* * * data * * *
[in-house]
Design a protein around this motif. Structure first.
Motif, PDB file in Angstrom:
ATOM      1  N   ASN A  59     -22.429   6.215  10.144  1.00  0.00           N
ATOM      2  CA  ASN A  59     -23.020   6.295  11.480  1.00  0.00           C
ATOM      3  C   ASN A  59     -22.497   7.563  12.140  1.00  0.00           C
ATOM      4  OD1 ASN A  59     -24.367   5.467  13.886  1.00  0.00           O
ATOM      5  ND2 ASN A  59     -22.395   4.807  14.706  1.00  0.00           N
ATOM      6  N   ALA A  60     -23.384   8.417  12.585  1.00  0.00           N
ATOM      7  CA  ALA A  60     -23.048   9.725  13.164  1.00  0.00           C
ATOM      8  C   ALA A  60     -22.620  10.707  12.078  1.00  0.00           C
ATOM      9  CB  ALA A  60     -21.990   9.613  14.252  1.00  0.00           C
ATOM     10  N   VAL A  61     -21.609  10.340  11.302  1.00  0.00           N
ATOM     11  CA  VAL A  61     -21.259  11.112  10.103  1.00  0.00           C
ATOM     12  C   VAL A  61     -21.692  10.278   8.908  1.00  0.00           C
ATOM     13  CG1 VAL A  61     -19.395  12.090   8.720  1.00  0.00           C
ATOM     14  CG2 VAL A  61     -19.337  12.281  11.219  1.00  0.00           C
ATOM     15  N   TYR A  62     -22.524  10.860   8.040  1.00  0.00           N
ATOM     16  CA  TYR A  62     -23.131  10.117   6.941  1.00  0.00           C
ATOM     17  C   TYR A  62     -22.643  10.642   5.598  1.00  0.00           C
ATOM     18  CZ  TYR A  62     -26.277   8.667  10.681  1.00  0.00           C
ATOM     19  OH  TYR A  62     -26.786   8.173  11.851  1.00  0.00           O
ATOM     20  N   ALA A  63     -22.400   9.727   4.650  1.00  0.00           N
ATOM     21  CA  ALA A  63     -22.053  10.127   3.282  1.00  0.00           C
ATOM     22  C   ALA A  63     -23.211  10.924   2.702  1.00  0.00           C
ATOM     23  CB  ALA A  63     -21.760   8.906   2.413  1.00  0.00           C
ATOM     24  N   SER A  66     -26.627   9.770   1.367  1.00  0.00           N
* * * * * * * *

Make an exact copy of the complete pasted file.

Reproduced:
[in-house]
Design a protein around this motif. Structure first.
Motif, PDB file in Angstrom:
ATOM      1  N   ASN A  59     -22.429   6.215  10.144  1.00  0.00           N
ATOM      2  CA  ASN A  59     -23.020   6.295  11.480  1.00  0.00           C
ATOM      3  C   ASN A  59     -22.497   7.563  12.140  1.00  0.00           C
ATOM      4  OD1 ASN A  59     -24.367   5.467  13.886  1.00  0.00           O
ATOM      5  ND2 ASN A  59     -22.395   4.807  14.706  1.00  0.00           N
ATOM      6  N   ALA A  60     -23.384   8.417  12.585  1.00  0.00           N
ATOM      7  CA  ALA A  60     -23.048   9.725  13.164  1.00  0.00           C
ATOM      8  C   ALA A  60     -22.620  10.707  12.078  1.00  0.00           C
ATOM      9  CB  ALA A  60     -21.990   9.613  14.252  1.00  0.00           C
ATOM     10  N   VAL A  61     -21.609  10.340  11.302  1.00  0.00           N
ATOM     11  CA  VAL A  61     -21.259  11.112  10.103  1.00  0.00           C
ATOM     12  C   VAL A  61     -21.692  10.278   8.908  1.00  0.00           C
ATOM     13  CG1 VAL A  61     -19.395  12.090   8.720  1.00  0.00           C
ATOM     14  CG2 VAL A  61     -19.337  12.281  11.219  1.00  0.00           C
ATOM     15  N   TYR A  62     -22.524  10.860   8.040  1.00  0.00           N
ATOM     16  CA  TYR A  62     -23.131  10.117   6.941  1.00  0.00           C
ATOM     17  C   TYR A  62     -22.643  10.642   5.598  1.00  0.00           C
ATOM     18  CZ  TYR A  62     -26.277   8.667  10.681  1.00  0.00           C
ATOM     19  OH  TYR A  62     -26.786   8.173  11.851  1.00  0.00           O
ATOM     20  N   ALA A  63     -22.400   9.727   4.650  1.00  0.00           N
ATOM     21  CA  ALA A  63     -22.053  10.127   3.282  1.00  0.00           C
ATOM     22  C   ALA A  63     -23.211  10.924   2.702  1.00  0.00           C
ATOM     23  CB  ALA A  63     -21.760   8.906   2.413  1.00  0.00           C
ATOM     24  N   SER A  66     -26.627   9.770   1.367  1.00  0.00           N